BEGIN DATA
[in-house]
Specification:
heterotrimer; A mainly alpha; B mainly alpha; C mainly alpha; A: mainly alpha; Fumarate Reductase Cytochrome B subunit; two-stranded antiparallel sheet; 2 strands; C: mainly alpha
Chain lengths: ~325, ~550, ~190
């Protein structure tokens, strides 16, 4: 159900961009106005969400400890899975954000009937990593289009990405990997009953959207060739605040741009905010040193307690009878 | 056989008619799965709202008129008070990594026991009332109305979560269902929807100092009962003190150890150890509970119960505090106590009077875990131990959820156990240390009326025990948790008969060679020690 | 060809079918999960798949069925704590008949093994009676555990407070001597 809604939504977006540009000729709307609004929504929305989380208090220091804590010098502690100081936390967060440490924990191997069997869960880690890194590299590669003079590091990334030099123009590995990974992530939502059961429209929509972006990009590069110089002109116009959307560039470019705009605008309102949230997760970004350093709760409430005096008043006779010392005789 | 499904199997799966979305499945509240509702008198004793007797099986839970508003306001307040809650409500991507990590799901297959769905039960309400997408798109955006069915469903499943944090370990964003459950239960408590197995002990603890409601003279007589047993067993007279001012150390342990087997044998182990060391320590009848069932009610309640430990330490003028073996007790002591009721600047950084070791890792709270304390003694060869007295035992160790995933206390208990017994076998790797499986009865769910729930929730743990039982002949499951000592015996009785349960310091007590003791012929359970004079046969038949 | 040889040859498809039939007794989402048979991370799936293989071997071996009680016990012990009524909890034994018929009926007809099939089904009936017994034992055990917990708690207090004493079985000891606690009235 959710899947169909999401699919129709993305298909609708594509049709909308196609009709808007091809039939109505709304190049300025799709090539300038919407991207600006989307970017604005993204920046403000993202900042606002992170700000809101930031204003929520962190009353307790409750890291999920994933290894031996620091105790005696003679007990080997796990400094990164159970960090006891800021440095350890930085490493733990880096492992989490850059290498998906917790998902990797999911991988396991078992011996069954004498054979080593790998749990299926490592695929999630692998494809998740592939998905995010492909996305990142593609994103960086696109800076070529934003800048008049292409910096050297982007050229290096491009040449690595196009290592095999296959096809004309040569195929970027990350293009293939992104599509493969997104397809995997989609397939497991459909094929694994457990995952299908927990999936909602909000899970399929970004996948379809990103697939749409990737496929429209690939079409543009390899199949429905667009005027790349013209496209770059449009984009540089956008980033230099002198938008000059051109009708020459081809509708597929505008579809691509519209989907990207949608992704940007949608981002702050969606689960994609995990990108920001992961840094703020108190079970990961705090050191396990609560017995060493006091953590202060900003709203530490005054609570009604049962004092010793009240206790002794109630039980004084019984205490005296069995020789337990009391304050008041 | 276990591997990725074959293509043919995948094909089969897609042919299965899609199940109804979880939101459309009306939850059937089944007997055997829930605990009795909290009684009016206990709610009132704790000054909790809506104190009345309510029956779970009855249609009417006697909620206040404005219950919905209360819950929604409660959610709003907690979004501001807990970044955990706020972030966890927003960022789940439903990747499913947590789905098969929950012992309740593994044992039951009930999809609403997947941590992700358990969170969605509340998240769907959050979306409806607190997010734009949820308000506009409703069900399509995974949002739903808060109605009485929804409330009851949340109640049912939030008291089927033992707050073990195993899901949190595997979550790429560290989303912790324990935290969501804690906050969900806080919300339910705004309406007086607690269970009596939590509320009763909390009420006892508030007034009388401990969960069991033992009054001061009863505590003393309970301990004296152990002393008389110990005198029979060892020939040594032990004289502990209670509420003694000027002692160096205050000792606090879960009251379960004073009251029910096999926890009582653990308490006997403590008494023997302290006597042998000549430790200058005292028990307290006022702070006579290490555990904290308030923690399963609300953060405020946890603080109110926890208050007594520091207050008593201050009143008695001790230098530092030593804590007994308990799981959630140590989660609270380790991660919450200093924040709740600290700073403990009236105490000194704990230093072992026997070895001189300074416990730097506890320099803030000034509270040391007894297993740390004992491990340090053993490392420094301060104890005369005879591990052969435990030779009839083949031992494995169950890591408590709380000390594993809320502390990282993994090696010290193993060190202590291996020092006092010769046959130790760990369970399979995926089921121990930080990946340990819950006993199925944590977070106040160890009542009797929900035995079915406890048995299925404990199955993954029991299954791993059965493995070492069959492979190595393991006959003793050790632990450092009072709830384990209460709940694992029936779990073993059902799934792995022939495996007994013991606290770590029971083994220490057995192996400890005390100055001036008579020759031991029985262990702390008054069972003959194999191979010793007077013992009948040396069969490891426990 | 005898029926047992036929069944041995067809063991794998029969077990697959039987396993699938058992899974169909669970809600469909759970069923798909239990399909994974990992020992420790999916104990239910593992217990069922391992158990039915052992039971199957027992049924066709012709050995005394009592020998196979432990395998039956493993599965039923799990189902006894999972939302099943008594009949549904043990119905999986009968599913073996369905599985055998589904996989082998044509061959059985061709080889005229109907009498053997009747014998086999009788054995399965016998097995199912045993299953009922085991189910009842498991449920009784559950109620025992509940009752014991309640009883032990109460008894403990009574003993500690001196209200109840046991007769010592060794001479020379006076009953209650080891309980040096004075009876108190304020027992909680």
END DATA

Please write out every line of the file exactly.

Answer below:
[in-house]
Specification:
heterotrimer; A mainly alpha; B mainly alpha; C mainly alpha; A: mainly alpha; Fumarate Reductase Cytochrome B subunit; two-stranded antiparallel sheet; 2 strands; C: mainly alpha
Chain lengths: ~325, ~550, ~190
């Protein structure tokens, strides 16, 4: 159900961009106005969400400890899975954000009937990593289009990405990997009953959207060739605040741009905010040193307690009878 | 056989008619799965709202008129008070990594026991009332109305979560269902929807100092009962003190150890150890509970119960505090106590009077875990131990959820156990240390009326025990948790008969060679020690 | 060809079918999960798949069925704590008949093994009676555990407070001597 809604939504977006540009000729709307609004929504929305989380208090220091804590010098502690100081936390967060440490924990191997069997869960880690890194590299590669003079590091990334030099123009590995990974992530939502059961429209929509972006990009590069110089002109116009959307560039470019705009605008309102949230997760970004350093709760409430005096008043006779010392005789 | 499904199997799966979305499945509240509702008198004793007797099986839970508003306001307040809650409500991507990590799901297959769905039960309400997408798109955006069915469903499943944090370990964003459950239960408590197995002990603890409601003279007589047993067993007279001012150390342990087997044998182990060391320590009848069932009610309640430990330490003028073996007790002591009721600047950084070791890792709270304390003694060869007295035992160790995933206390208990017994076998790797499986009865769910729930929730743990039982002949499951000592015996009785349960310091007590003791012929359970004079046969038949 | 040889040859498809039939007794989402048979991370799936293989071997071996009680016990012990009524909890034994018929009926007809099939089904009936017994034992055990917990708690207090004493079985000891606690009235 959710899947169909999401699919129709993305298909609708594509049709909308196609009709808007091809039939109505709304190049300025799709090539300038919407991207600006989307970017604005993204920046403000993202900042606002992170700000809101930031204003929520962190009353307790409750890291999920994933290894031996620091105790005696003679007990080997796990400094990164159970960090006891800021440095350890930085490493733990880096492992989490850059290498998906917790998902990797999911991988396991078992011996069954004498054979080593790998749990299926490592695929999630692998494809998740592939998905995010492909996305990142593609994103960086696109800076070529934003800048008049292409910096050297982007050229290096491009040449690595196009290592095999296959096809004309040569195929970027990350293009293939992104599509493969997104397809995997989609397939497991459909094929694994457990995952299908927990999936909602909000899970399929970004996948379809990103697939749409990737496929429209690939079409543009390899199949429905667009005027790349013209496209770059449009984009540089956008980033230099002198938008000059051109009708020459081809509708597929505008579809691509519209989907990207949608992704940007949608981002702050969606689960994609995990990108920001992961840094703020108190079970990961705090050191396990609560017995060493006091953590202060900003709203530490005054609570009604049962004092010793009240206790002794109630039980004084019984205490005296069995020789337990009391304050008041 | 276990591997990725074959293509043919995948094909089969897609042919299965899609199940109804979880939101459309009306939850059937089944007997055997829930605990009795909290009684009016206990709610009132704790000054909790809506104190009345309510029956779970009855249609009417006697909620206040404005219950919905209360819950929604409660959610709003907690979004501001807990970044955990706020972030966890927003960022789940439903990747499913947590789905098969929950012992309740593994044992039951009930999809609403997947941590992700358990969170969605509340998240769907959050979306409806607190997010734009949820308000506009409703069900399509995974949002739903808060109605009485929804409330009851949340109640049912939030008291089927033992707050073990195993899901949190595997979550790429560290989303912790324990935290969501804690906050969900806080919300339910705004309406007086607690269970009596939590509320009763909390009420006892508030007034009388401990969960069991033992009054001061009863505590003393309970301990004296152990002393008389110990005198029979060892020939040594032990004289502990209670509420003694000027002692160096205050000792606090879960009251379960004073009251029910096999926890009582653990308490006997403590008494023997302290006597042998000549430790200058005292028990307290006022702070006579290490555990904290308030923690399963609300953060405020946890603080109110926890208050007594520091207050008593201050009143008695001790230098530092030593804590007994308990799981959630140590989660609270380790991660919450200093924040709740600290700073403990009236105490000194704990230093072992026997070895001189300074416990730097506890320099803030000034509270040391007894297993740390004992491990340090053993490392420094301060104890005369005879591990052969435990030779009839083949031992494995169950890591408590709380000390594993809320502390990282993994090696010290193993060190202590291996020092006092010769046959130790760990369970399979995926089921121990930080990946340990819950006993199925944590977070106040160890009542009797929900035995079915406890048995299925404990199955993954029991299954791993059965493995070492069959492979190595393991006959003793050790632990450092009072709830384990209460709940694992029936779990073993059902799934792995022939495996007994013991606290770590029971083994220490057995192996400890005390100055001036008579020759031991029985262990702390008054069972003959194999191979010793007077013992009948040396069969490891426990 | 005898029926047992036929069944041995067809063991794998029969077990697959039987396993699938058992899974169909669970809600469909759970069923798909239990399909994974990992020992420790999916104990239910593992217990069922391992158990039915052992039971199957027992049924066709012709050995005394009592020998196979432990395998039956493993599965039923799990189902006894999972939302099943008594009949549904043990119905999986009968599913073996369905599985055998589904996989082998044509061959059985061709080889005229109907009498053997009747014998086999009788054995399965016998097995199912045993299953009922085991189910009842498991449920009784559950109620025992509940009752014991309640009883032990109460008894403990009574003993500690001196209200109840046991007769010592060794001479020379006076009953209650080891309980040096004075009876108190304020027992909680």